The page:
• The week which includes November 11, Veterans Day, is designated as "Patriotism Week" to recognize contributions made by military veterans to American society, to honor the supreme sacrifices made in defending the freedoms and protections afforded by the United States Constitution, and to memorialize those who lost their lives in military service.
  • The first Friday of December of each year is Arbor Day in this state, encouraged to be observed by the planting of trees on school property.
  • December 15, the anniversary of the ratification of the Bill of Rights of the United States Constitution, is "Bill of Rights Day" in South Carolina to recognize the meaning and importance of each of the ten constitutional amendments.

List of additional state designations[edit]

The pledge to the flag of South Carolina is "I salute the flag of South Carolina and pledge to the Palmetto State love, loyalty and faith."

The South Carolina Botanical Garden at Clemson University is designated the State Botanical Garden.

The South Carolina Tobacco Museum[13] in Mullins is the official tobacco museum.

The South Carolina Railroad Museum[14] in Winnsboro is the official railroad museum.

Camden Military Academy is designated as the official military academy.

The South Carolina Hall of Fame[15] located in the Myrtle Beach Convention Center, is the official state hall of fame.

The South Carolina Artisans Center,[16] in Walterboro, is the official folk art and crafts center of the state of South Carolina.

In 2001, the Abbeville Opera House received the designation of the official state rural drama theater.

See also[edit]

References[edit]

  1. ^ a b South Carolina General Assembly; Charles F. Reid, Editor (2007). 2007 South Carolina Legislative Manual (88th Edition). Columbia, South Carolina: South Carolina General Assembly.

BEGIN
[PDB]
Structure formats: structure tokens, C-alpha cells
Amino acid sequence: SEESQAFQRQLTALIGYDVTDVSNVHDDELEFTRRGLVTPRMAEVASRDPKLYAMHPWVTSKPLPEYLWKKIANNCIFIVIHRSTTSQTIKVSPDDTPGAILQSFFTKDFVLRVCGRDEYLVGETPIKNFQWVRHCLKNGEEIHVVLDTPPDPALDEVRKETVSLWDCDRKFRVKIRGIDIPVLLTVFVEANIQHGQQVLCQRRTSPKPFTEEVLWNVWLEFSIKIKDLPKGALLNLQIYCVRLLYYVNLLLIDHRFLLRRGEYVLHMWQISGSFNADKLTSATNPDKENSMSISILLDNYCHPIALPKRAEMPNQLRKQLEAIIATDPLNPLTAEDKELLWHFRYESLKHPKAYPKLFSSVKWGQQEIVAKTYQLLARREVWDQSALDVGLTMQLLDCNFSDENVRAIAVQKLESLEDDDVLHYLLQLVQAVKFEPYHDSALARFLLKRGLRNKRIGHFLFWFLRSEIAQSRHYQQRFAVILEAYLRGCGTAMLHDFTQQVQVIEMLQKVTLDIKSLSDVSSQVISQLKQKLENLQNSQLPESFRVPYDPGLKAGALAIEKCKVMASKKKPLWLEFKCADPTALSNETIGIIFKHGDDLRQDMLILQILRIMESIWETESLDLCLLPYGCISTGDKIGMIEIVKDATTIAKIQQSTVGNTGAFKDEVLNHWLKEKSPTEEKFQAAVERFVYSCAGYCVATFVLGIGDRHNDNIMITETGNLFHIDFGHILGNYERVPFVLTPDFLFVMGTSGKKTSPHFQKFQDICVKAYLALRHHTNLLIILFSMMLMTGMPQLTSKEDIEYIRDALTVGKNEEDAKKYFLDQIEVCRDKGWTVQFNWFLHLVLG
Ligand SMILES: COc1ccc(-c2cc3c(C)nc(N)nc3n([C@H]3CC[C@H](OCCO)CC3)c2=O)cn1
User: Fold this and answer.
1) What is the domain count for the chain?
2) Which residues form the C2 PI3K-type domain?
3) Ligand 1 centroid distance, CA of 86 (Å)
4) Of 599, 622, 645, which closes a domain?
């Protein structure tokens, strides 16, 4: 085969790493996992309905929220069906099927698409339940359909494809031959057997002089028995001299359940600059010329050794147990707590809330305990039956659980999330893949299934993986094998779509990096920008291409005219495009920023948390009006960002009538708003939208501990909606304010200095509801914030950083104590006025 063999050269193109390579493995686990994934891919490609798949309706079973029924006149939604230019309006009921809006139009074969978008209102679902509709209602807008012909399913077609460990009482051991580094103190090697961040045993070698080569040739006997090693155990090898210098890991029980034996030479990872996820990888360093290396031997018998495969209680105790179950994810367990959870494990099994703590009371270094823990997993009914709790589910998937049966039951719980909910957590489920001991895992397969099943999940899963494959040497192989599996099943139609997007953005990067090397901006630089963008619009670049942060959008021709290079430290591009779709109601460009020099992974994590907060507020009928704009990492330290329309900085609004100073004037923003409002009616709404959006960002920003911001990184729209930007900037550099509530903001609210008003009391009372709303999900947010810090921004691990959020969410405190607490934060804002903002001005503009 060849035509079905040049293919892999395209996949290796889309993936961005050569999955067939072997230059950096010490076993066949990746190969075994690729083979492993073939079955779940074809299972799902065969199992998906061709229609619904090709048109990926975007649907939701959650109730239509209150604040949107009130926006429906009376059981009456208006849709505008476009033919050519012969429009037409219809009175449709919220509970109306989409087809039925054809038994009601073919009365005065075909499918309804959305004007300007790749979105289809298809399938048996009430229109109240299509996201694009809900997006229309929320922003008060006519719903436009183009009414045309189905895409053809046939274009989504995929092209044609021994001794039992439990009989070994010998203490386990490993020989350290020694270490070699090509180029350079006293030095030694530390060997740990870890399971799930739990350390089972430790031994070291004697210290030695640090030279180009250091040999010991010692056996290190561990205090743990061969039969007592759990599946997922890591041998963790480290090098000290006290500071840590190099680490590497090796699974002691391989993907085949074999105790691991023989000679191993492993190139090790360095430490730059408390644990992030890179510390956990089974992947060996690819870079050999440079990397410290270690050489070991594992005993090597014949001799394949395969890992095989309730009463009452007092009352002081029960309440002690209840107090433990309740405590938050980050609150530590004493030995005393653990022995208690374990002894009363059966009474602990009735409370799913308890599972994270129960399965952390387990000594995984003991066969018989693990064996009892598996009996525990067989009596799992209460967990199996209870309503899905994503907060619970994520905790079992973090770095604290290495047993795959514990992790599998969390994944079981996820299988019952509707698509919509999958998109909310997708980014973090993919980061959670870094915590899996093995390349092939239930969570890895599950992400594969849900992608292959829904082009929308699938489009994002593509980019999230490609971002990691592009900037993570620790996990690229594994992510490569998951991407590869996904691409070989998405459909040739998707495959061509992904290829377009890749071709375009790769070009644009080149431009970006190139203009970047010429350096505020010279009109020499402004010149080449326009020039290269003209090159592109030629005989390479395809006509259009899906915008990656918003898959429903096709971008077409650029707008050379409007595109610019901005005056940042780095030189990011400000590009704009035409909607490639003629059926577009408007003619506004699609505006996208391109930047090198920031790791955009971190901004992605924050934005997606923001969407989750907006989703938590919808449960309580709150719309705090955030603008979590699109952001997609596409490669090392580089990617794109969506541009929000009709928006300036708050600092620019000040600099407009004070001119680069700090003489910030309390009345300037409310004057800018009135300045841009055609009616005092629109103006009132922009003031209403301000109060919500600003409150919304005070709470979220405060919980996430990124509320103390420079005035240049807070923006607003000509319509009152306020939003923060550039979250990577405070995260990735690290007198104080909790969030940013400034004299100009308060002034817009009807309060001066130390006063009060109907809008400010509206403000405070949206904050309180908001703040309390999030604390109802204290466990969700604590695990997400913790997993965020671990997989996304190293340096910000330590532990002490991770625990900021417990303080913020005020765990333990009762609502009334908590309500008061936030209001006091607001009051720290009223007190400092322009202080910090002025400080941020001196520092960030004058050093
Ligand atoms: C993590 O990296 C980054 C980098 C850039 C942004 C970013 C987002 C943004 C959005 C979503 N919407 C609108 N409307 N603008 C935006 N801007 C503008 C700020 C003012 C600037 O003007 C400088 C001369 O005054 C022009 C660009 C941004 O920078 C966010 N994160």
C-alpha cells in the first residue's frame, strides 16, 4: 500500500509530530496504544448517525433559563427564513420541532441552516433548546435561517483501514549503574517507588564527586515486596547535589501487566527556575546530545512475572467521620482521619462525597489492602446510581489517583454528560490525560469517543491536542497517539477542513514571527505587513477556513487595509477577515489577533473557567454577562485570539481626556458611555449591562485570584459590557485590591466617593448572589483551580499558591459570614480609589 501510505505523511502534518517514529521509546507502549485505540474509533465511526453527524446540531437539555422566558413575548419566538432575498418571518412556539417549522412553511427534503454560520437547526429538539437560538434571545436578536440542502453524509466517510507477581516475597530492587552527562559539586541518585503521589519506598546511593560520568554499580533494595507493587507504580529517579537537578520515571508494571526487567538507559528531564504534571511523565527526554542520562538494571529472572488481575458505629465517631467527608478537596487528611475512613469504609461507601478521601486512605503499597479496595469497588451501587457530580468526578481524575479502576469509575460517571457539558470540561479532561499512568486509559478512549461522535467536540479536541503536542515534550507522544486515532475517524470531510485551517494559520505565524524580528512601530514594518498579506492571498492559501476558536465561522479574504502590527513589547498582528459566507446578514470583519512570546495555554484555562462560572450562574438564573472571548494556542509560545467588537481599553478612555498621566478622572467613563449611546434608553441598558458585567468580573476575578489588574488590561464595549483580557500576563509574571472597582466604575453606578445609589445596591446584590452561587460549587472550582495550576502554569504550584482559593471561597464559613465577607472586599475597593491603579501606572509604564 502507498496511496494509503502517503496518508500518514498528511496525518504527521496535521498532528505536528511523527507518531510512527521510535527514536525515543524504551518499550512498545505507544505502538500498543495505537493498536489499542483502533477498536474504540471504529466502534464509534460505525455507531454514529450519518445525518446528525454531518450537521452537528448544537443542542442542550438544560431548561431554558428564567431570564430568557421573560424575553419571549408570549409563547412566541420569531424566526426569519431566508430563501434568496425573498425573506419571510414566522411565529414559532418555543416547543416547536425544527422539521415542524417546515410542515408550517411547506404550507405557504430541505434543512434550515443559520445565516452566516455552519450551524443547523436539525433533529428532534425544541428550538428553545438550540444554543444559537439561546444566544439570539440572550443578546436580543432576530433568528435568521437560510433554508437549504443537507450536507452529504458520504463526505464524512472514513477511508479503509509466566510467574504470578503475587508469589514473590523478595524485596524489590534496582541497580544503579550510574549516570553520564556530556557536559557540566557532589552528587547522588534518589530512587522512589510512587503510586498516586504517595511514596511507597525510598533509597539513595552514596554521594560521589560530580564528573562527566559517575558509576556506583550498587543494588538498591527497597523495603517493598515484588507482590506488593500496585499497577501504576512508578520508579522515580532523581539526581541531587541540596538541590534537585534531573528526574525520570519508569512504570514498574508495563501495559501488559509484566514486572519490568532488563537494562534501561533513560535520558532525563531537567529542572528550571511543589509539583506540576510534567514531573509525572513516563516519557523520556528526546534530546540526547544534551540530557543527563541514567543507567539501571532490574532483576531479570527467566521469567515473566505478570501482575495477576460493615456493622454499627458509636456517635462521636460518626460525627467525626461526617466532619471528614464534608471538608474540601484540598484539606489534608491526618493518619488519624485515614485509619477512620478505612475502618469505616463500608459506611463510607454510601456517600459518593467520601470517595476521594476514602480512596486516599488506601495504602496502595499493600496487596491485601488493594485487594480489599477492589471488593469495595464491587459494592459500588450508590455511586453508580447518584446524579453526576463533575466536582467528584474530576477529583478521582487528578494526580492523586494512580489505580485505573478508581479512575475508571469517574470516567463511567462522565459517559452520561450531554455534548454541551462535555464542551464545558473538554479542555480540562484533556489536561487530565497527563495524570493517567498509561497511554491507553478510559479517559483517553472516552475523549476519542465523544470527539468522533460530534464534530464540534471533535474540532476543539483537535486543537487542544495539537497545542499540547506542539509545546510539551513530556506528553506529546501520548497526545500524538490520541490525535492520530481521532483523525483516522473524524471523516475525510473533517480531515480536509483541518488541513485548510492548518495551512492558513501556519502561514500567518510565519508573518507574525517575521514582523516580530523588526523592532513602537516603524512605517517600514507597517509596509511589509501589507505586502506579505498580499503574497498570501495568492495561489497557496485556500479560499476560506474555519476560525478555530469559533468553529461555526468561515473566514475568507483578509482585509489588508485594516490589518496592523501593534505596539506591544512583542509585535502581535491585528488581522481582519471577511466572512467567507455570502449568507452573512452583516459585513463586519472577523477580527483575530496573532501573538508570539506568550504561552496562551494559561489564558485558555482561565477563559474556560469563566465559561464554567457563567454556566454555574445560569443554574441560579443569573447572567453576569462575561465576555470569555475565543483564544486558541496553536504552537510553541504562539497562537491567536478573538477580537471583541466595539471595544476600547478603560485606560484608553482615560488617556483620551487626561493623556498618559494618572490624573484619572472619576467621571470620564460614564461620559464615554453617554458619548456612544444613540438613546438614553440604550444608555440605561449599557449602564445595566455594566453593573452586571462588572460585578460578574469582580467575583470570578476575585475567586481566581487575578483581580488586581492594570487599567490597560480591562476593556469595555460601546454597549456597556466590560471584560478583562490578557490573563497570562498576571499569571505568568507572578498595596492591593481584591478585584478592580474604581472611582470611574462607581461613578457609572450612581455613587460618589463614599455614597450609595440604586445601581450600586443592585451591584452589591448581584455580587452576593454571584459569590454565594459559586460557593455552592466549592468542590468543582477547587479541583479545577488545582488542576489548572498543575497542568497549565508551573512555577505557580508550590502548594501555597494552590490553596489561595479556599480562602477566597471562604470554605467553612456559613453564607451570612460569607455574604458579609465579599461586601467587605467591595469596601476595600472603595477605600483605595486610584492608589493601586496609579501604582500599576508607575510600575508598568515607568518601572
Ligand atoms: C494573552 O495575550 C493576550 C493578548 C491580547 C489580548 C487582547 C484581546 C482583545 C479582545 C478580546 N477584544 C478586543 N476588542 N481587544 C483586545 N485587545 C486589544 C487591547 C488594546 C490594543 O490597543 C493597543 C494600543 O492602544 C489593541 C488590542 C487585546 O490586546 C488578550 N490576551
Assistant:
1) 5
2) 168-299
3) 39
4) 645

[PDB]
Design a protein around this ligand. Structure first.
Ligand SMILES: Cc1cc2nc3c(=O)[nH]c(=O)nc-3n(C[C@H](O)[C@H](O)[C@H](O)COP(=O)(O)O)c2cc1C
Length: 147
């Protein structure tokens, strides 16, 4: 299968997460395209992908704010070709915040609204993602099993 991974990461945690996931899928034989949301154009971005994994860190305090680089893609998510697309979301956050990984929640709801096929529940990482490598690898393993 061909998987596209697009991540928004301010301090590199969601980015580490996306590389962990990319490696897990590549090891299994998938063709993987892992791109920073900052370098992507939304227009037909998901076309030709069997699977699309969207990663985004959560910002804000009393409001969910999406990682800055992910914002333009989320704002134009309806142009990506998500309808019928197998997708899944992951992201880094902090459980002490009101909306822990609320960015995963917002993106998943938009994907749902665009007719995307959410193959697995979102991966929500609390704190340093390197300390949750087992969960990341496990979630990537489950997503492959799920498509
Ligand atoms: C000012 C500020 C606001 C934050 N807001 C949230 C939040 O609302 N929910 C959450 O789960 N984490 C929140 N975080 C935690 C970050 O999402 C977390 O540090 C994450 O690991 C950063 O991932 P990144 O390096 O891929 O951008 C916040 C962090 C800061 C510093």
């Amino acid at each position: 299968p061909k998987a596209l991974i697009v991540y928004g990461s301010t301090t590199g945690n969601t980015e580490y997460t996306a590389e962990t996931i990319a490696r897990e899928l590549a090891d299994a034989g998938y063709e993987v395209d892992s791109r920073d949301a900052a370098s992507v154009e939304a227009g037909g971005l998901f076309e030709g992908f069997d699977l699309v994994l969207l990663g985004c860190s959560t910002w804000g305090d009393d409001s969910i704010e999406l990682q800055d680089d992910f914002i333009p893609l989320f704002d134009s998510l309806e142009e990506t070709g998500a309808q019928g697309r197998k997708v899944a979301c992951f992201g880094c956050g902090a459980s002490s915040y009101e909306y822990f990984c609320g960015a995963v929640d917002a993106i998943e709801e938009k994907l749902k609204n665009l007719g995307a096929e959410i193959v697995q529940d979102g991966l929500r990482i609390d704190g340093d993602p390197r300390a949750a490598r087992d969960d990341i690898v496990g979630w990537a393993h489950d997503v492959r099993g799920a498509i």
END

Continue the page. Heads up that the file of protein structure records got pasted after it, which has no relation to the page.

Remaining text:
2. ^ "South Carolina Code of Laws, State Emblems, Pledge to the Flag, Official Observances". South Carolina General Assembly. Retrieved 2007-07-16. 
  3. ^ "SC Statehouse Student's web page, State Symbols and Emblems". South Carolina General Assembly. Archived from the original on 2007-06-22. Retrieved 2007-07-16. 
  4. ^ "Virtual Farm Tour – Milk Production". South Carolina Department of Agriculture. Retrieved 2007-07-17. 
  5. ^ "Act 200 of 117 Session of the General Assembly of South Carolina". South Carolina General Assembly. Retrieved 2008-05-29. 
  6. ^ Dufault, Robert J.; Mary Jackson; Stephen K. Salvo. "Sweetgrass: History, Basketry, and Constraints to Industry Growth". Retrieved 2007-07-17. 
  7. ^ "South Carolina Code of Laws, Section 1-1-677". South Carolina General Assembly. Retrieved 2007-07-19. 
  8. ^ http://www.scstatehouse.gov/sess120_2013-2014/prever/4482_20140513.htm
  9. ^ "Virtual Farm Tour – Peaches". South Carolina Department of Agriculture. Retrieved 2007-07-17. 
  10. ^ "Act 240, 2009-2010 Session, South Carolina". 
  11. ^ "South Carolina Code of Laws, Legal Holidays". South Carolina General Assembly. Retrieved 2007-07-16. 
  12. ^ "South Carolina Code of Laws, Special Days". South Carolina General Assembly. Retrieved 2007-07-16. 
  13. ^ South Carolina Tobacco Museum website
  14. ^ SC Railroad Museum website
  15. ^ Website of the South Carolina Hall of Fame
  16. ^ SC Artisan Center website

External links[edit]